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Effects of Crocus sativus on glycemic control and cardiometabolic parameters among patients with metabolic syndrome and related disorders: a systematic review and meta-analysis of randomized controlled trials


Metabolic syndrome (MetS) is a cluster of clinical syndromes that is closely associated with an elevated risk of developing atherosclerotic cardiovascular disease. In a series of animal experiments and clinical trials, crocus sativus and its component crocin have demonstrated promising hypoglycemic effects. However, there is currently insufficient evidence regarding their impact on cardiometabolic parameters. Our study aimed to assess the impact of Crocus sativus and crocin on glycemic control in individuals with metabolic syndrome and associated disorders, as well as their potential effects on improving cardiometabolic parameters. We searched Cochrane Library, PubMed, Embase, and Web of Science databases to ascertain the pertinent randomized controlled trials (RCTs) until December 30, 2023. Q-test and I2 statistics were utilized to evaluate heterogeneity among the included studies. Data were merged using a random-effects model and presented as (WMD) with a 95% confidence interval (CI). The current comprehensive review and meta-analysis, encompassing 13 RCTs involving a total of 840 patients diagnosed with metabolic syndrome and associated disorders, demonstrates that Crocus sativus was superior to placebo on Hemoglobin A1c(HbA1c) (WMD: -0.31;95% CI [-0.44,-0.19]. P = 0.002) and systolic blood pressure(SBP) (WMD:-7.49;95% CI [-11.67,-3.30]. P = 0.99) respectively. Moreover, Crocus sativus improved fasting blood glucose (FBG) (WMD:-7.25;95% CI [-11.82, -2.57]. P = 0.002) when used crocin and on other chronic diseases. Crocus sativus reduced the total cholesterol (TC) among the metabolic syndromepatients (WMD:-13.64;95%CI [-26.26, -1.03]. P = 0.03). We demonstrated that Crocus sativus exerts beneficial effects on glycemic control and cardiometabolic parameters in individuals with metabolic syndrome and related disorders.


Metabolic syndrome is a medical disorder distinguished by a combination of metabolic risk factors, including high blood sugar levels, elevated blood pressure, abnormal lipid levels, uneven blood thickness, and excess body weight [1]. These risk factors can have adverse effects on blood vessels and endothelial cells, increasing the risk of atherosclerosis and other cardiovascular diseases [2]. This complaint has emerged as one of the top chronic ailments posing a global hazard to human health.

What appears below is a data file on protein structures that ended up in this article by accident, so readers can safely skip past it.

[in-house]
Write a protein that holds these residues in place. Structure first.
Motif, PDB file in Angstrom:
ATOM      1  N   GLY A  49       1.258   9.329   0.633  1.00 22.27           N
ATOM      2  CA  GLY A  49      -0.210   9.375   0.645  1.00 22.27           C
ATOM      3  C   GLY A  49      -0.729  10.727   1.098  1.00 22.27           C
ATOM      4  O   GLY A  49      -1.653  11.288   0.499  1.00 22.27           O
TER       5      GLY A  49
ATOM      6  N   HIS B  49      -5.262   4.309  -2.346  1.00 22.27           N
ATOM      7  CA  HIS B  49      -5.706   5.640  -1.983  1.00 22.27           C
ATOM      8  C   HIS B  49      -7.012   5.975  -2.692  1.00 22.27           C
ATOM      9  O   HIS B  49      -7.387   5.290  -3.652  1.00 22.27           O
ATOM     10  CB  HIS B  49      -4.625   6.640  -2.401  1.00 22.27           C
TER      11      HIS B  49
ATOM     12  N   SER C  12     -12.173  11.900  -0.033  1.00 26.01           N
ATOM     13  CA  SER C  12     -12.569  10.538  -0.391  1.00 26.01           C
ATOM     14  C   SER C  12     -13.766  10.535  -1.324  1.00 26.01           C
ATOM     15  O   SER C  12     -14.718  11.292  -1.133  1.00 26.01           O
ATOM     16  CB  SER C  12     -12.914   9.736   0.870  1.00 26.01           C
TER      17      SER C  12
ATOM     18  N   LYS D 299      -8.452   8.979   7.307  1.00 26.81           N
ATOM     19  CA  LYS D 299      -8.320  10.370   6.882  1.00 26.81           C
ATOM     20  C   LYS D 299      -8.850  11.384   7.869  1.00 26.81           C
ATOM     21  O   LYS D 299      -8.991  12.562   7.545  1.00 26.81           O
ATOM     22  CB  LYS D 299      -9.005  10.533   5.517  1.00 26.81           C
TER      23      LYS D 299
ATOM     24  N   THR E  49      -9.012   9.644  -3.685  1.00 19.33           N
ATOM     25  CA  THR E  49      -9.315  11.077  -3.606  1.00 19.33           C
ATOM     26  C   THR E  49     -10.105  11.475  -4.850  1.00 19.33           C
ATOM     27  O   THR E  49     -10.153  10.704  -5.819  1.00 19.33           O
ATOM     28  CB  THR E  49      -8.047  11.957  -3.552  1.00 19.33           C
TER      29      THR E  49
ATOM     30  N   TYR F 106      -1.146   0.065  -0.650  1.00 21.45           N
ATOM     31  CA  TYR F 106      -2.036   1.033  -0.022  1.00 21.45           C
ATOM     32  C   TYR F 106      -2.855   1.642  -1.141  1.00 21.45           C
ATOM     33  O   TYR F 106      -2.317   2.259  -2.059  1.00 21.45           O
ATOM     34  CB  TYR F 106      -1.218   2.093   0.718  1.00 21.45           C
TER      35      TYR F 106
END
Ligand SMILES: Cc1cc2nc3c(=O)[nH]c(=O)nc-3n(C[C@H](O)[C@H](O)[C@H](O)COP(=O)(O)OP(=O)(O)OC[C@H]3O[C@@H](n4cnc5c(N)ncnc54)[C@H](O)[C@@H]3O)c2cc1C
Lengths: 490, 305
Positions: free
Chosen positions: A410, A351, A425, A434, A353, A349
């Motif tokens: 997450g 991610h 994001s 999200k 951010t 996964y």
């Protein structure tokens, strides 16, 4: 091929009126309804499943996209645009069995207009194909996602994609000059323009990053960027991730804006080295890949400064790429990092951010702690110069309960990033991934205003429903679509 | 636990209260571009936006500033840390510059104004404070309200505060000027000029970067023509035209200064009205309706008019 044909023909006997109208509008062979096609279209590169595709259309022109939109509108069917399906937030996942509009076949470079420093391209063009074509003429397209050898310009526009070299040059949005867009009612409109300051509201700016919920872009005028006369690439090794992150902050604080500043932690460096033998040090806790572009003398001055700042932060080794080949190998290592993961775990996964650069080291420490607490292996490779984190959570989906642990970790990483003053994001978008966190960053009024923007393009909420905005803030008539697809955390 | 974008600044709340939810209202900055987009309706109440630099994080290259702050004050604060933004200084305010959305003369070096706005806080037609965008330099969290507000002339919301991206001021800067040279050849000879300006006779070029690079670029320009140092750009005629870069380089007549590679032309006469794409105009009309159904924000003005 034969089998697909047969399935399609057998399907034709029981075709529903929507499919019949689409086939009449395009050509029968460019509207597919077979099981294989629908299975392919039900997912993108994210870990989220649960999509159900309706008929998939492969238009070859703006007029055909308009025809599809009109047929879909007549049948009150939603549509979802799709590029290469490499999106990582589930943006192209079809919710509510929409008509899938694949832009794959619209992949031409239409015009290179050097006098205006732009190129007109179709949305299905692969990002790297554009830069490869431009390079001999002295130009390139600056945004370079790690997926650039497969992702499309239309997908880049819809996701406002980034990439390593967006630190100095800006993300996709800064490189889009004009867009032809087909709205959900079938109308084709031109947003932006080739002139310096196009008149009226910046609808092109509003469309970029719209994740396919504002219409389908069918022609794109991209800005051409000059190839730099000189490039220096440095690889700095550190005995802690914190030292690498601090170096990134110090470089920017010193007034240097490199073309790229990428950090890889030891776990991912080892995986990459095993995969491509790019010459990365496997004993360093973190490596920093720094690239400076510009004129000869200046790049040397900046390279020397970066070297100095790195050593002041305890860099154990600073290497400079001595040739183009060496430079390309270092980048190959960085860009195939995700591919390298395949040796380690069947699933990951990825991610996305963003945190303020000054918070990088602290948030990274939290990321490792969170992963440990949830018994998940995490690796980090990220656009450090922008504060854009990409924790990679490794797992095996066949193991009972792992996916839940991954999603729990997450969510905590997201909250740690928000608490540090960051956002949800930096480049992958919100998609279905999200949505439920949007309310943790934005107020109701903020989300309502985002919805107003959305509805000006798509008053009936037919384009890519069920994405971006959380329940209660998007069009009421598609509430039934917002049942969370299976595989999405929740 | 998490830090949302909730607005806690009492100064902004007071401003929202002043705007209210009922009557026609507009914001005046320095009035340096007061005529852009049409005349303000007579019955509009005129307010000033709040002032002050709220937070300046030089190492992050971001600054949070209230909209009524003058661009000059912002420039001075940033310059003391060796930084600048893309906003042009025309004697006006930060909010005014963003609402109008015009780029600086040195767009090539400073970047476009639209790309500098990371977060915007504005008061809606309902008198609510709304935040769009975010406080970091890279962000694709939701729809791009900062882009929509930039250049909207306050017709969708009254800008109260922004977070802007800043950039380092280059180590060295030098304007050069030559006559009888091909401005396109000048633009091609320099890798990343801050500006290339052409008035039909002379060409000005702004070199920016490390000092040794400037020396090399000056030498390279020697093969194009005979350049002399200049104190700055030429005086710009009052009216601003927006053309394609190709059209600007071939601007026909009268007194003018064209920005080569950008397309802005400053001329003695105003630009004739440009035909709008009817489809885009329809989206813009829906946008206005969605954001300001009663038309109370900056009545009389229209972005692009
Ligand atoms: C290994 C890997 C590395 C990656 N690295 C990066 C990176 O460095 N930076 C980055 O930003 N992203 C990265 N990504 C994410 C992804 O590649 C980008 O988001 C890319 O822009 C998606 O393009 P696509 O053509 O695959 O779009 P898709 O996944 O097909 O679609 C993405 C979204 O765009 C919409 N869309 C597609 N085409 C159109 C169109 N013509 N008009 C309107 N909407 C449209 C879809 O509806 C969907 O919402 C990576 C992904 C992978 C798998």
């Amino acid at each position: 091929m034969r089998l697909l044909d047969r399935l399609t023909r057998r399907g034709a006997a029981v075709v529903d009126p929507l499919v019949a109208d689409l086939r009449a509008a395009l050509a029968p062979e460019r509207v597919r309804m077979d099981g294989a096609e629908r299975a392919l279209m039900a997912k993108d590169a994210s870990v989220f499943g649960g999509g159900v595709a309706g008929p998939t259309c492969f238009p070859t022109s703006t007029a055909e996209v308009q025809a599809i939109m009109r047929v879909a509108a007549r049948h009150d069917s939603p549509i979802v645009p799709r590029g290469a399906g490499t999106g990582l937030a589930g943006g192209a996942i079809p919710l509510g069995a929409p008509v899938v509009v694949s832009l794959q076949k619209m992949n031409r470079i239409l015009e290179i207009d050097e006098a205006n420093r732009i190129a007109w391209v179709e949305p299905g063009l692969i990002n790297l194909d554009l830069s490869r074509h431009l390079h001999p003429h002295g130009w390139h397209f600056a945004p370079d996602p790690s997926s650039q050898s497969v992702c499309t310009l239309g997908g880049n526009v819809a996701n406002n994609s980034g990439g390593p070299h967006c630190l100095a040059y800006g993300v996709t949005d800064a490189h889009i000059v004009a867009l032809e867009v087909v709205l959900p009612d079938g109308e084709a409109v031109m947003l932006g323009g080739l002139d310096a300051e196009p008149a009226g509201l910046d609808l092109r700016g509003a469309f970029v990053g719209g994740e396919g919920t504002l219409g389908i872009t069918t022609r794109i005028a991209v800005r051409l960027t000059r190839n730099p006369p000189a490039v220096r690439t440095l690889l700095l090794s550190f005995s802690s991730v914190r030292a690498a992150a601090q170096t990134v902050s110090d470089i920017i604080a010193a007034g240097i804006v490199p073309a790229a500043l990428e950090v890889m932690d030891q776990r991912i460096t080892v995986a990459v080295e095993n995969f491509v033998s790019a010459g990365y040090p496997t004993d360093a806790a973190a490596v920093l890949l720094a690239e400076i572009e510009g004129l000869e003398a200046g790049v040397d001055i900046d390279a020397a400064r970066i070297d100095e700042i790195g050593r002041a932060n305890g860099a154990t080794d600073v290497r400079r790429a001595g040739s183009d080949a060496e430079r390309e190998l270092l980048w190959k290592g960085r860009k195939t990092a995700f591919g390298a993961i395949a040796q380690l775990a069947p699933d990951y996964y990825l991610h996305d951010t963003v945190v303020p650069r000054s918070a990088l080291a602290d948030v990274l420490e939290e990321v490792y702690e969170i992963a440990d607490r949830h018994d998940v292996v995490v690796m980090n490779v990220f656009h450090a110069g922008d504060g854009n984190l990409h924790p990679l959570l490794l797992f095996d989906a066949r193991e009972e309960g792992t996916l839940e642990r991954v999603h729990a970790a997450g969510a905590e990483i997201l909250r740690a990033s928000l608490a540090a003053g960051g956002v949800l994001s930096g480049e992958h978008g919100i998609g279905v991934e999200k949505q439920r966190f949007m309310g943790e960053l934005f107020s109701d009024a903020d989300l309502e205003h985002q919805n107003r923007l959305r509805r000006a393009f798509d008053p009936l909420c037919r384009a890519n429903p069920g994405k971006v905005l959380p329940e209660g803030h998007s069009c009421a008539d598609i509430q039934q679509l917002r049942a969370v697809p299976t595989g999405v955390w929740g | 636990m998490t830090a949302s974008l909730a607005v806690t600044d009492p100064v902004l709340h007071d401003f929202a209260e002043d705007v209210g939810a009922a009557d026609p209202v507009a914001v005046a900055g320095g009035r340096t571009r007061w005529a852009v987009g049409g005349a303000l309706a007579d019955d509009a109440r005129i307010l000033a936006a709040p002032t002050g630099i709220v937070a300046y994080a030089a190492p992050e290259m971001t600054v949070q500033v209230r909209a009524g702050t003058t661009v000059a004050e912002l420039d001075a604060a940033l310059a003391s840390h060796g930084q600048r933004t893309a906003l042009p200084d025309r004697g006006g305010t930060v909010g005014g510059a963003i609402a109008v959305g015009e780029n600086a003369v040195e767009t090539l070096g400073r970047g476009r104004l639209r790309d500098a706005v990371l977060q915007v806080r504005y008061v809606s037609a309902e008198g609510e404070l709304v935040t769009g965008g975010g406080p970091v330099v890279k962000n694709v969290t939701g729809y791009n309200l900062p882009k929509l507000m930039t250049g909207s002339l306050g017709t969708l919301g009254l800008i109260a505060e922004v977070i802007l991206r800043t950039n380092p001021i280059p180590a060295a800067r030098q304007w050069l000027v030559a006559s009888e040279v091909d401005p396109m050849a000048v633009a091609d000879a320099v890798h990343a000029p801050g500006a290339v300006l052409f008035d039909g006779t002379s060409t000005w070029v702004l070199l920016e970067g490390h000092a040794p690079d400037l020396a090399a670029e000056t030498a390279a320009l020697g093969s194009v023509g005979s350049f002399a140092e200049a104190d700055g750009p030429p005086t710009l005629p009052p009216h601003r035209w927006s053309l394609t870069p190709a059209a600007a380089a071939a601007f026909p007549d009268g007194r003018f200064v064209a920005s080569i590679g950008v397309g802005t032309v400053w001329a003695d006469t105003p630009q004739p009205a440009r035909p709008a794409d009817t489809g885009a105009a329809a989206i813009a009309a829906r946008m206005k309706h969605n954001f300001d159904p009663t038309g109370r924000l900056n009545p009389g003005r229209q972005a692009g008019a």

The high incidence of MetS and the high risk of cardiovascular diseases required more effective treatment methods. Traditional herbal therapy as a complementary approach may be an effective way to manage MetS [3]. The natural carotenoid compounds saffron, crocin, and crocetin exhibit anti-inflammatory, antioxidant, and neuroprotective properties.

Published research results have repeatedly confirmed that saffron can improve the increase of blood glucose and blood pressure caused by MetS and related diseases [4,5,6], protect vascular endothelial function, and even delay the process of diabetic nephropathy [7]. However, the effects of crocin on metabolic diseases vary in different clinical studies.

In preclinical studies, Algandaby, M. et al. discovered that crocin could inhibit the increase of blood glucose [8]. El-Fawal, R. et al. suggested that crocin can effectively regulate the levels of serum insulin, AGEs, TNF-α, and MDA, reverse the aortic damage and cardiac tissue structural changes induced by MetS, and protect the cardiovascular system [9].

Aynaz Tajaddini et al. revealed through clinical studies that safflower intervention can effectively reduce FBG, blood lipids, and liver enzymes, and improve oxidative status in type 2 diabetes mellitus (T2DM) [6]. However, Samaneh Sepahi et al. considered that there was no significant change in blood lipids and liver enzymes after crocin intervention in T2DM [10]. The differences in these results may be attributed to factors such as study design, characteristics of the population studied, and variations in saffron preparations, which influenced the heterogeneity of the experiments.

The aim of this research is to evaluate the effects of saffron and crocin on blood glucose control in MetS and related diseases, as well as their potential for improving cardiometabolic parameters.The investigation of heterogeneity was further enhanced through subgroup analyses, with a specific focus on the classification of chronic conditions.


This article was composed in accordance with the guidelines of Preferred Reporting Items for Systematic Reviews and Meta-analyses (PRISMA) guidelines [11] The PRISMA checklist can be found in the Additional file 1. The protocol has been registered on the prospero platform (CRD42024500734).

Search strategy and study selection